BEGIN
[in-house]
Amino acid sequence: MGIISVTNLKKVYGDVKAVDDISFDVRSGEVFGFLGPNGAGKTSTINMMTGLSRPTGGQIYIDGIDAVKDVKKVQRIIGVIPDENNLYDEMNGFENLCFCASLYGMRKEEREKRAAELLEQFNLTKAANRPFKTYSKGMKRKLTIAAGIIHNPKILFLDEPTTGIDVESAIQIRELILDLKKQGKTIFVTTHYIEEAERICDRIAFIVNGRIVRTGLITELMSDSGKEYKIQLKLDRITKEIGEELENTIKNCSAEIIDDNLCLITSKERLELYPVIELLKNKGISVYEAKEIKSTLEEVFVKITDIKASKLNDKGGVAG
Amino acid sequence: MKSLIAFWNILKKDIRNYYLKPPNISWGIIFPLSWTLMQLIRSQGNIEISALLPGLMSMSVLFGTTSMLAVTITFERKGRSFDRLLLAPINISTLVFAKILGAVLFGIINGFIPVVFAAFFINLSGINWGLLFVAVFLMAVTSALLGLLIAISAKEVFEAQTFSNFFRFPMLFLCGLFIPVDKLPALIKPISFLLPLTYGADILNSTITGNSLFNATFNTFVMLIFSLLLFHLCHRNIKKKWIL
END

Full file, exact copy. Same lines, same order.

[in-house]
Amino acid sequence: MGIISVTNLKKVYGDVKAVDDISFDVRSGEVFGFLGPNGAGKTSTINMMTGLSRPTGGQIYIDGIDAVKDVKKVQRIIGVIPDENNLYDEMNGFENLCFCASLYGMRKEEREKRAAELLEQFNLTKAANRPFKTYSKGMKRKLTIAAGIIHNPKILFLDEPTTGIDVESAIQIRELILDLKKQGKTIFVTTHYIEEAERICDRIAFIVNGRIVRTGLITELMSDSGKEYKIQLKLDRITKEIGEELENTIKNCSAEIIDDNLCLITSKERLELYPVIELLKNKGISVYEAKEIKSTLEEVFVKITDIKASKLNDKGGVAG
Amino acid sequence: MKSLIAFWNILKKDIRNYYLKPPNISWGIIFPLSWTLMQLIRSQGNIEISALLPGLMSMSVLFGTTSMLAVTITFERKGRSFDRLLLAPINISTLVFAKILGAVLFGIINGFIPVVFAAFFINLSGINWGLLFVAVFLMAVTSALLGLLIAISAKEVFEAQTFSNFFRFPMLFLCGLFIPVDKLPALIKPISFLLPLTYGADILNSTITGNSLFNATFNTFVMLIFSLLLFHLCHRNIKKKWIL